Posted by Anuradha Sridhar
Congratulations! After looking out for the perfect man/woman to spend your life with, you have finally found the spouse of your dreams. Your parents, extended family, friends and pets (and anybody else important to you) have given their approval. You love your spouse and are happily looking forward to a bright future ahead, one that is filled with legal and societal approval.
A few years later, your marital routine settles down, maybe there is a child or two, and you are surer than ever before that both of you will continue to be blessed with conjugal bliss. Except that life brings in a shock or two.
You have caught your spouse cheating on you, and are now wondering what to do even as you grapple with conflicting emotions. Was it physical cheating or emotional cheating? Was it both? Where does this leave your marriage? Must you stay, or must you leave? If you stay, will this happen again? What will happen to the children?
Adultery is a criminal offence, depending on your gender.
Indian laws have a way of making you laugh when you least expect to. Adultery is treated differently, depending on your gender. Adultery is a criminal offence, depending on your gender. Since it is a criminal offence, the Indian Penal Code (IPC) springs into action and Section 497 deals with adultery. What does it say?
“Whoever has sexual intercourse with a person who is and whom he knows or has reason to believe to be the wife of another man, without the consent or connivance of that man, such sexual intercourse not amounting the offence of rape, is guilty of the offence of adultery and shall be punished with imprisonment of either description for a term which may extend to 5 years, or with fine, or with both. In such case, the wife shall not be punishable as an abettor.”
This means if you are a man who has been cheated on by your wife, you can file a complaint against your wife’s lover (who may or may not be married). What’s interesting is that it is still a battleground between men – the aggrieved husband can take the lover to court and get him punished, while the wife can watch the two men fight. She will not be punished by law, nor can she fight for herself.
What happens if you are a woman who has been cheated on by your husband? It doesn’t matter if his lover is married to someone else or not. In either case, Section 497 won’t help. What you can do is to get a divorce without mutual consent, and state adultery as the reason. I am mentioning this in the context of The Hindu Marriage Act, and this becomes a civil case instead of a criminal one. How many cheating men divorce their wives though?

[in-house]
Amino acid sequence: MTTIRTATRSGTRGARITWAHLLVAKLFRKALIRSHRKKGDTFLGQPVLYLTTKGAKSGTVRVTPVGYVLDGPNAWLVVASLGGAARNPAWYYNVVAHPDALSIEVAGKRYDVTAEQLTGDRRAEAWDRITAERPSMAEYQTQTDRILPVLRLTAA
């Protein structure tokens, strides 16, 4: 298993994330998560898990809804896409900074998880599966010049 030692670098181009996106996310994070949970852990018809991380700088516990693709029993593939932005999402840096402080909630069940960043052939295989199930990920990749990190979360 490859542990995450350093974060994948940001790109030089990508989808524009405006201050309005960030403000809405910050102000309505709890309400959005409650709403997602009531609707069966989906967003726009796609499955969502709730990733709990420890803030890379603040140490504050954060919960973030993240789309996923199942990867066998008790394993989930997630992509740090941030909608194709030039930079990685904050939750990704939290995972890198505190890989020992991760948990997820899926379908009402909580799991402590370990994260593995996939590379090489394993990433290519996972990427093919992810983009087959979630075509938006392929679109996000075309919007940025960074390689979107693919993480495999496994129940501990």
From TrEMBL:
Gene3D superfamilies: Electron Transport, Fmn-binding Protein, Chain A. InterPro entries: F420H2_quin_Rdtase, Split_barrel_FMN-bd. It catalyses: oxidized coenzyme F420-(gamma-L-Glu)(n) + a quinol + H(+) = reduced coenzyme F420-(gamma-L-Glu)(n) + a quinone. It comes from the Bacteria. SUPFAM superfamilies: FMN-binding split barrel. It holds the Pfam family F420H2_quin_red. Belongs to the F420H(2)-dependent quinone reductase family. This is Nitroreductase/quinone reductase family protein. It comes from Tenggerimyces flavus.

The wife will not be punished by law, nor can she fight for herself.
What happens if your spouse cheats on you and then marries his/her lover while you are still alive? This is again a criminal offence. Given the societal acceptance of polygamy (think of politicians like Mulayam Singh Yadav, M Karunanidhi), Section 494 of the IPC is not as readily known and this is what it says:
“Marrying again during lifetime of husband or wife—whoever, having a husband or wife living, marries in any case in which such marriage is void by reason of its taking place during the life of such husband or wife, shall be punished with imprisonment of either description for a term which may extend to seven years, and shall also be liable to fine.”
Like marriage, adultery is undergoing a change of image. The number of countries considering adultery to be a criminal offense is steadily coming down, Government benefits given to married couples are being reconsidered, divorce is becoming more acceptable, religious beliefs (and their impact on morality) are being continuously challenged and there is an increased access to people than ever before (think Facebook, Tinder or financial freedom).
Perhaps it is time for the adultery laws to change spots too. There are enough criminals in India already, and unnecessarily adding to their count doesn’t help.
Also Read: The Dutiful Wives Under The Hindu Marriage Act, 1955
Anuradha Sridhar believes in the power of written words and human connections and is often on the lookout for ways to bring the two together. Over the years, reading and watching tennis continue to capture her attention. She is a post graduate from IIM, Indore and presently works with Ernst & Young. She can be followed on LinkedIn and Twitter.
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